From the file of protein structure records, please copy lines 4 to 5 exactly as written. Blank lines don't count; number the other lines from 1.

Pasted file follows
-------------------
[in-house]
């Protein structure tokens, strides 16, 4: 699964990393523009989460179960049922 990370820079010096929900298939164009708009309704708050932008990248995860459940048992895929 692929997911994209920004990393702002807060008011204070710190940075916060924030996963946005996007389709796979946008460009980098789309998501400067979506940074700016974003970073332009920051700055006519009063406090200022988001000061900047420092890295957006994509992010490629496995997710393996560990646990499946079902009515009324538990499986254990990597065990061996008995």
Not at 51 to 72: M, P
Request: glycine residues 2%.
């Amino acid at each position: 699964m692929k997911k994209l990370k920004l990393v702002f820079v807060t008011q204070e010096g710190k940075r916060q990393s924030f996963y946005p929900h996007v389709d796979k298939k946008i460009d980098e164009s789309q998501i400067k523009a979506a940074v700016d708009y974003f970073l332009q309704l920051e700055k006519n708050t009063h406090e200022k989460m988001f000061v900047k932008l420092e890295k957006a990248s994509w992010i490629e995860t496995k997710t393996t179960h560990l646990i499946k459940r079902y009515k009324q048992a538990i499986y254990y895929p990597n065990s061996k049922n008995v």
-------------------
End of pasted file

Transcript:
Request: glycine residues 2%.
């Amino acid at each position: 699964m692929k997911k994209l990370k920004l990393v702002f820079v807060t008011q204070e010096g710190k940075r916060q990393s924030f996963y946005p929900h996007v389709d796979k298939k946008i460009d980098e164009s789309q998501i400067k523009a979506a940074v700016d708009y974003f970073l332009q309704l920051e700055k006519n708050t009063h406090e200022k989460m988001f000061v900047k932008l420092e890295k957006a990248s994509w992010i490629e995860t496995k997710t393996t179960h560990l646990i499946k459940r079902y009515k009324q048992a538990i499986y254990y895929p990597n065990s061996k049922n008995v």